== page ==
With great promise and excitement, the ambitious 10 year delivery strategy of the diabetes national service framework (NSF) was launched in January 2003. For the first time, a government was taking a long view of long term conditions care with these 10 year programmes, enacted from ‘the NHS Plan’ of 1997. Diabetes was just the third NSF to be published, showing what we thought was a brilliant commitment to this important and growing condition
At the time, 10 years seemed an age away with plenty of time to do everything the standards demanded. Yet here we are in 2013 with a whole new health policy world and with the next huge NHS reform upon us. So did the NSF achieve anything and will its legacy live on in the current incarnation of diabetes care - or were we let down on its promises?
As is our wont here at SD Comments, we’ll start by looking at some of the success stories that seem to be here to stay and have undoubtedly changed the face of diabetes care:
LEGACY: Eye screening for retinopathy is universally available and pretty much everyone with diabetes is invited to have their eyes photographed annually. As a result, blindness rates due to diabetes in the working population are getting lower every year, thanks to the early intervention on problems detected through retinal photography
LEGACY: Local diabetes networks bringing together people working within hospital, community and general practice services for diabetes have grown and persisted. Communication between health professionals working together has improved and faster referrals and decisions about acute situations such as foot ulcers can be made as a result. The latest recommendations about communication between services have just been published by NHS Diabetes, quite rightly highlighting their continuing importance in the ‘new’ NHS
LEGACY: Specific mention of children and young people as well as adults with diabetes. The NSF was very clear about the needs of children and young people as a specialty, a distinction that hadn’t always been so clearly made. Every one of the 12 NSF standards mentioned each age group and today, the focus on children and young people with diabetes is intense, with Diabetes UK’s most recent awareness campaign highlighting the need for prompt and early recognition of symptoms of Type 1 diabetes in children
Unfortunately, there are also some let downs when looking back at the NSF and these have to be examined too – so these important aspects don’t continue to be forgotten
LET DOWN: Diabetes structured education. Despite the NSF heralding the importance of supported self management and the provision of high quality information and education, there is still a massive lack of access to structured education and enormous variation throughout the country. Even more worrying (as detailed in this blog before) is the very low invitation to and uptake of diabetes education courses. In addition, education courses are often the first to be cut when economies in services have to be made, as in recent years in the NHS. This leads to people being unable to manage their condition for lack of the ‘tools to do the job’.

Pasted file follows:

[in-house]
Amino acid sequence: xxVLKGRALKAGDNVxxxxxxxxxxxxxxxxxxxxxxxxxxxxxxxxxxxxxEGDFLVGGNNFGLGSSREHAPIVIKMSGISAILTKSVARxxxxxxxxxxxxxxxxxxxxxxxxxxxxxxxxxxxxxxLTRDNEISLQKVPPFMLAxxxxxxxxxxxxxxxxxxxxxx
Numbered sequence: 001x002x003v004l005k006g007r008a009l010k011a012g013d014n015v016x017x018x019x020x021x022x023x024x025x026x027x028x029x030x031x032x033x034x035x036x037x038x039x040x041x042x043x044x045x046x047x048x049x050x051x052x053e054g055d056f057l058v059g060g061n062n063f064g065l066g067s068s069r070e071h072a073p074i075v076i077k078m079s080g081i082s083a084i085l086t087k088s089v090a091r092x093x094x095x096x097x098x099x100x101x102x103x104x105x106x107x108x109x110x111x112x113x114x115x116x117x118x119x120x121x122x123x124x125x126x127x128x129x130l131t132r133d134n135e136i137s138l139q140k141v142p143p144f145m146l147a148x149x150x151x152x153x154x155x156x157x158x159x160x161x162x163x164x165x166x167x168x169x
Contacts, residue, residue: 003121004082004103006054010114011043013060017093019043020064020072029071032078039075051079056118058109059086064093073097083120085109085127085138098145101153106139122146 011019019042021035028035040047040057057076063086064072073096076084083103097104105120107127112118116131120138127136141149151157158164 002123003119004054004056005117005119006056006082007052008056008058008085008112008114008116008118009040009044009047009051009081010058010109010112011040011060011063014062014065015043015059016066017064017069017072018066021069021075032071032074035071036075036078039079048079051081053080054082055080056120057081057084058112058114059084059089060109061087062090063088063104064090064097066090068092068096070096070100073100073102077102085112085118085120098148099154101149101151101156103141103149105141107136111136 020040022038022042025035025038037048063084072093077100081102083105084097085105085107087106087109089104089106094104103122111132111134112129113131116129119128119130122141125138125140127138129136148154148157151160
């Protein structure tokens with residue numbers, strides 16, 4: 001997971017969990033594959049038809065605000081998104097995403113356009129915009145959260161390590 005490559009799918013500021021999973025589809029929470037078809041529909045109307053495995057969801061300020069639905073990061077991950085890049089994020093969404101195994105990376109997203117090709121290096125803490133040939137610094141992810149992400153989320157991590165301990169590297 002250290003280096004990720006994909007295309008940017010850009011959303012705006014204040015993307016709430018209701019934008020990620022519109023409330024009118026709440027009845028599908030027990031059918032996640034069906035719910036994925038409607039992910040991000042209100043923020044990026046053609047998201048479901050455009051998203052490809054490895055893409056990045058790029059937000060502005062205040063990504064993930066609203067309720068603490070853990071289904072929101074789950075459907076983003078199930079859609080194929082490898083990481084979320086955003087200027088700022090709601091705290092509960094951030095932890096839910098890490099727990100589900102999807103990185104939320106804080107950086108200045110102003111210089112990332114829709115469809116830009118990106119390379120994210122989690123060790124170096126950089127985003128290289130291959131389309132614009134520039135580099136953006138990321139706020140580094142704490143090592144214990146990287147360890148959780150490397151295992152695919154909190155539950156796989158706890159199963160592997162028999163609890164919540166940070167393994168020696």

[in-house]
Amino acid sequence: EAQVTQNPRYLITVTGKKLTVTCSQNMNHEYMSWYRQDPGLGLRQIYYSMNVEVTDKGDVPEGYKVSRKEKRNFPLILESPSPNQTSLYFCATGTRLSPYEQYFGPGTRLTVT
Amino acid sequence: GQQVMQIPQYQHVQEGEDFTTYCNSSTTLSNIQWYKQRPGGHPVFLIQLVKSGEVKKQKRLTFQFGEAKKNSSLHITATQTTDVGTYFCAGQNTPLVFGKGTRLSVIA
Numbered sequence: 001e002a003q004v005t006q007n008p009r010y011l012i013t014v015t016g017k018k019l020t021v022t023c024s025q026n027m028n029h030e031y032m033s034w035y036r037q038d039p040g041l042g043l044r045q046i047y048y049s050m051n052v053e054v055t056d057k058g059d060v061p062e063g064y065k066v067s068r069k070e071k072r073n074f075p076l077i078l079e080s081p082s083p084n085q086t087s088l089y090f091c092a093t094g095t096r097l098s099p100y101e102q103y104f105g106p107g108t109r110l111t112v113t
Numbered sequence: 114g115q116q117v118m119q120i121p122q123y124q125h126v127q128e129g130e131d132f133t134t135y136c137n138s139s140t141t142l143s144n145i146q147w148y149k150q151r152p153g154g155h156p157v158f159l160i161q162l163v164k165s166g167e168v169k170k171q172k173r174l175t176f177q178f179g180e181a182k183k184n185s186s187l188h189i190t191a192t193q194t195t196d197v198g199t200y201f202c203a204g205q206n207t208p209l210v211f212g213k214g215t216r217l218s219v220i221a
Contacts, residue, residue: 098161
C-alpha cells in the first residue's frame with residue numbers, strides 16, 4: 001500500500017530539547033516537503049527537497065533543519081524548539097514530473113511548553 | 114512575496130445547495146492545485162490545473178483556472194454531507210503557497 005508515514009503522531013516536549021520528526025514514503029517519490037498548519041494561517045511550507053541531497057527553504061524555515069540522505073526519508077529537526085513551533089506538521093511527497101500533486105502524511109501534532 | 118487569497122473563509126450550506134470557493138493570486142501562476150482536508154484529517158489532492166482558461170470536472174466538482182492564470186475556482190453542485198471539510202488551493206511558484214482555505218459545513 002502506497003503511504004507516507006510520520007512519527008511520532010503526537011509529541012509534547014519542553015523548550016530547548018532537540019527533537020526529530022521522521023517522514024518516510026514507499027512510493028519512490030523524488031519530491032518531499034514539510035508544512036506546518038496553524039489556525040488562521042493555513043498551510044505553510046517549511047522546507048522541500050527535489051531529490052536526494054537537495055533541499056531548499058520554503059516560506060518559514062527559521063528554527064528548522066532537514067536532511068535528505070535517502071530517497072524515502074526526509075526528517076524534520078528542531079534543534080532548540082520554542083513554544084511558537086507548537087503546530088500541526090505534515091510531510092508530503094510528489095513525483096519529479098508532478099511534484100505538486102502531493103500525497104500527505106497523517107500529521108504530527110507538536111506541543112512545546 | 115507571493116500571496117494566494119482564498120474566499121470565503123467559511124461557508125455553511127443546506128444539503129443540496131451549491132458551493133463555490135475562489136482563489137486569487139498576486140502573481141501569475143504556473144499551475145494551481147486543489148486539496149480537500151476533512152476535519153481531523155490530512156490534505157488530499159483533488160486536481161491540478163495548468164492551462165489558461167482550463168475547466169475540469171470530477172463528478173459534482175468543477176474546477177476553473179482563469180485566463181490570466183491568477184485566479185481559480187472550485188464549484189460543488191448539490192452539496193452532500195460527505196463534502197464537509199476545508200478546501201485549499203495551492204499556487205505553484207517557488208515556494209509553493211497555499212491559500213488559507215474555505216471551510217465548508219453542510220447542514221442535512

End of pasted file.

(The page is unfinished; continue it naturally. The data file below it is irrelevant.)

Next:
LET DOWN: Personalised care planning and participation in decision making. Despite a whole standard to do with empowering people to manage their condition themselves and being helped to make decisions based on their own goals and aspirations, there is still very little results sharing prior to consultations and consultations still often follow the traditional medical model of ‘health professional knows best’, despite the day to day management of diabetes actually being in the hands of the person living with it.
Happily, the current health policy is still promoting a personalised approach with the ideal of ‘no decision about me, without me’ and there is a strong focus on this for people with long term conditions in the Government’s recent instructions to the NHS, so maybe there is a glimmer of hope that this let down will become a legacy in the end
LET DOWN: User involvement in how services are planned and delivered. This aspect of the NSF started with great promise, with a number of initiatives and organisations, guidelines and recommendations dedicated to developing this approach. However, enthusiasm for it seems to have waned over the years, even among campaigning organisations. Proper, proactive involvement of people who use services is now extremely patchy. Apparantly, the new NHS will have a much stronger ‘patient’ voice, but this may be more to do with complaints and accountability than involvement and consultation in how services are actually run
So that’s our take on what is and what might have been. Ever optimistic, however, we will continue to bang the drum for person centred approaches, access to diabetes education and user involvement, and do all we can to ensure that the ‘brave new NHS’ will take note of these let downs as well as the legacies
Department of Health (2003). Diabetes National Service Framework: delivery strategy
Department of Health (2012). The Mandate. A mandate from the Government to the NHS Commissioning Board: April 2013 to March 2015
NHS Diabetes (2013). Implementing Local Diabetes Networks
Do you agree with what we’ve said? If so – and if not – your views and comments are welcome below!